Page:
Your heart rate will be higher when running than when swimming.
Everyone knows exercise promotes cardiovascular health and improves overall fitness. Swimming and running are among the most popular aerobic activities. Each has its own selling points. Running is more intense and challenging, while swimming puts less stress on your joints. Both forms of exercise can increase your heart rate and boost cardiovascular endurance.
Swim for a Healthy Heart
According to the Brazilian Journal of Medical and Biological Research, swimming lowers the risk of endothelial dysfunction in coronary arteries, which in turn, may help prevent heart disease. This form of exercise also reduces blood sugar levels and improves insulin response, protecting against diabetes - a major risk factor for cardiovascular problems. Plus, it helps you maintain a healthy body weight and prevents obesity.
Research shows that swimming is safe even for those with a heart condition. However, in this case, it's important to take some precautions. When you're underwater, it's easy to underestimate how hard your body is working. If you exert yourself too much, you may experience arrhythmia and other cardiovascular symptoms. Additionally, being in water that is too hot or too cold may worsen your condition. If you experience palpitations, chest pain or difficulty breathing, stop swimming immediately.
This fun yet challenging activity also improves circulation and oxygen flow to your heart, regulates blood pressure and boosts lung function. Plus, it's safer for people with arthritis and cardiovascular problems, compared to cycling or running. Like other forms of exercise, swimming relieves stress, which further contributes to a healthier heart.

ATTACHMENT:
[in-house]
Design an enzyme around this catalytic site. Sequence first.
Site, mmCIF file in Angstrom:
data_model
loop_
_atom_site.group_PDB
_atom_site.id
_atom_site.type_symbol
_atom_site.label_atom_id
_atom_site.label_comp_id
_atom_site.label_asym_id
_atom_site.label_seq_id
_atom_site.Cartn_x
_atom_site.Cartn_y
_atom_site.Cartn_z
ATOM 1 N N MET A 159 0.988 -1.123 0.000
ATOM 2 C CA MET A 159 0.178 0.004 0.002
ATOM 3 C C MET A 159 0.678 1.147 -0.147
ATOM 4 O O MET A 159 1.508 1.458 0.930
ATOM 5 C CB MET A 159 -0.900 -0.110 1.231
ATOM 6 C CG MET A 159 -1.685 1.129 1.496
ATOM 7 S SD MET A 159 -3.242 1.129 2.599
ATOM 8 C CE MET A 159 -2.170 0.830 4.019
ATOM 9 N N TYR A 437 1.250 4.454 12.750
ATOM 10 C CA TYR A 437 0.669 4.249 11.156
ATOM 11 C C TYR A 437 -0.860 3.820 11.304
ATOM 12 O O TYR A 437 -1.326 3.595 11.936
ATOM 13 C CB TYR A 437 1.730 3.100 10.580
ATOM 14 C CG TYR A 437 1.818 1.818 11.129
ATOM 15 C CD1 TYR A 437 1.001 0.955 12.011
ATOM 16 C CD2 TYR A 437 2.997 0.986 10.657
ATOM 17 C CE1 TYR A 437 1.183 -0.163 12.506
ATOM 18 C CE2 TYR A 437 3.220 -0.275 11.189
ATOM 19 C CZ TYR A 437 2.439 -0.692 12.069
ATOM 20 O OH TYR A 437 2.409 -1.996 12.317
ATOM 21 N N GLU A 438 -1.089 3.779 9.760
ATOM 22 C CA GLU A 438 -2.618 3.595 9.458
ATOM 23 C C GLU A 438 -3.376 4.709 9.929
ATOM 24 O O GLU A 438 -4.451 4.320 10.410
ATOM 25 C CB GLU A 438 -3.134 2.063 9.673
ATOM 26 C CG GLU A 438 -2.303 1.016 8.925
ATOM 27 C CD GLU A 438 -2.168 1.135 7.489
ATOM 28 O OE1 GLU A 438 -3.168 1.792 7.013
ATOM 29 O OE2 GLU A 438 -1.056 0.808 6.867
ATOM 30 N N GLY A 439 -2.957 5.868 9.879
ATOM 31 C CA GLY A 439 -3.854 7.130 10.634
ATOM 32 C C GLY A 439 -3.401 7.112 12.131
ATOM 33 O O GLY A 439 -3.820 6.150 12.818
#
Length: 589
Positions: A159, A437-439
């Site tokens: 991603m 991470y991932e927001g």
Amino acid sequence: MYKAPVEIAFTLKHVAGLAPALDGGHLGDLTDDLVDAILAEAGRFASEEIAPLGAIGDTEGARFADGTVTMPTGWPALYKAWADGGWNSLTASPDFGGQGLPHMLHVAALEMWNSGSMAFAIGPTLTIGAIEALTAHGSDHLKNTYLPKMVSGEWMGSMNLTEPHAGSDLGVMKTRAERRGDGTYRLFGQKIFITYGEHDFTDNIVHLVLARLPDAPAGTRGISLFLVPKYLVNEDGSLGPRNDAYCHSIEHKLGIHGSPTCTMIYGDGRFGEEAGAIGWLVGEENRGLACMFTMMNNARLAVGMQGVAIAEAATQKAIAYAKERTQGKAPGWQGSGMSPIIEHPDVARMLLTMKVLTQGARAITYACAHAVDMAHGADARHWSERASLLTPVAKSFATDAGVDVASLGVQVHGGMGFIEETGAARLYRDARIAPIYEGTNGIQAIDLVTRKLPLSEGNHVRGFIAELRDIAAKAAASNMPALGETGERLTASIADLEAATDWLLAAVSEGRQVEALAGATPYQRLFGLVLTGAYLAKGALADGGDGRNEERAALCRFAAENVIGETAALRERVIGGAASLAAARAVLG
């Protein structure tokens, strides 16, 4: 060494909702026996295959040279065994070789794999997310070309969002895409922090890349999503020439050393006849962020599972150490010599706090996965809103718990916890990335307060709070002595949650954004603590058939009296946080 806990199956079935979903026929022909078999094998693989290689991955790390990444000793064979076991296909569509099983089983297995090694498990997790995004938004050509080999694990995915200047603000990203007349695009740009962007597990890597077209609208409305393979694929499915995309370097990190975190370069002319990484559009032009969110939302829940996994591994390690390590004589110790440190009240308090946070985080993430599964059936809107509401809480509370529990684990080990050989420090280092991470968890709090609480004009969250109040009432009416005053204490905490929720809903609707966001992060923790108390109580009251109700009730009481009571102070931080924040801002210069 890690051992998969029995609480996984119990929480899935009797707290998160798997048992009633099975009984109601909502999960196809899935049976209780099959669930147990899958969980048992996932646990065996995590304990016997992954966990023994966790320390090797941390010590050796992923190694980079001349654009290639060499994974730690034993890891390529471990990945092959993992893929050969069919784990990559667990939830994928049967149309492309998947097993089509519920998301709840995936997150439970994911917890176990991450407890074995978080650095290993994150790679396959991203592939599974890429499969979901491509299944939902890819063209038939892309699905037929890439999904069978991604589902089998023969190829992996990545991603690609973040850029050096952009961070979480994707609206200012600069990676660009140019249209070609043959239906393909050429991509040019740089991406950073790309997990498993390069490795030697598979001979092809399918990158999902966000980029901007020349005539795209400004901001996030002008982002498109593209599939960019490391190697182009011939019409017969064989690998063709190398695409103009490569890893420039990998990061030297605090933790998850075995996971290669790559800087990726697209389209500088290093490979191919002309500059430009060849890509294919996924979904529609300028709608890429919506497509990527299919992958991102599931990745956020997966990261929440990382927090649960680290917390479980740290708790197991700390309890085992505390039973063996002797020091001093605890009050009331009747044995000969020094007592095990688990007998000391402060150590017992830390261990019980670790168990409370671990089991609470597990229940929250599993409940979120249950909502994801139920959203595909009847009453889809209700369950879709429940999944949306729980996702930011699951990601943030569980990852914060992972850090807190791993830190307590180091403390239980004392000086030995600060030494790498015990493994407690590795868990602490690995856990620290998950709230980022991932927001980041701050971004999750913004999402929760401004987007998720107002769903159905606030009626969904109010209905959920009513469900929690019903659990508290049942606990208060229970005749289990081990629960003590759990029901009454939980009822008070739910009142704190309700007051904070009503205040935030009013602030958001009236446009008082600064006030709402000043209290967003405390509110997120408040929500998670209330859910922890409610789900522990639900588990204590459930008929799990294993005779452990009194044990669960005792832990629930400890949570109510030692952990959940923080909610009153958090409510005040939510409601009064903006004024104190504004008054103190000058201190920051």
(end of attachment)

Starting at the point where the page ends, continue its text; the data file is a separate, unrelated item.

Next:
Running and Cardiovascular Health
Running is touted as the perfect cardio exercise. It burns a ton of calories, improves muscle function and promotes cardiovascular health. On top of that, it requires no equipment, so you can exercise anytime, anywhere. The key is not to go overboard.
A study published in the European Heart Journal indicates that long-distance running may put strain on the heart, especially in middle-aged and older individuals. Strenuous exercise, in general, increases cardiovascular stress and may cause arrhythmia. Low-volume training, on the other hand, has been shown to maintain cardiac performance in subjects with chronic kidney disease and to reduce diabetes complications.
Running at a slow pace for five to 10 minutes per day has been linked to a lower risk of death from all causes, including heart disease. This form of exercise can add years to your life and boost your overall health. In fact, people who run for two hours per week can expect to live about three years longer compared to their peers.
This activity forces your body to operate at a high capacity. As a result, it increases the blood and oxygen flow to your heart muscle and other tissues, leading to improved health. Over time, it may lower your blood pressure and cholesterol levels, burn excess fat and boost bone mineral density. Because your brain releases endorphins while running, you'll feel better overall and keep stress at bay.
Running vs. Swimming
Both running and swimming benefit your heart. Choosing one over another depends on your overall health and physical condition. Running puts more stress on the joints and muscles, so it may not be suitable for those with neck, back or knee issues. Additionally, it's more challenging for seniors and those who are just starting an exercise program.
Swimming, by comparison, is gentler on your joints and suits all fitness levels. If you have a pre-existing heart condition, this training method may be safer. The risk of cardiac arrest is higher while running. Consider these facts before making a choice. Even if you're healthy, listen to your body, and refrain from pushing yourself too hard.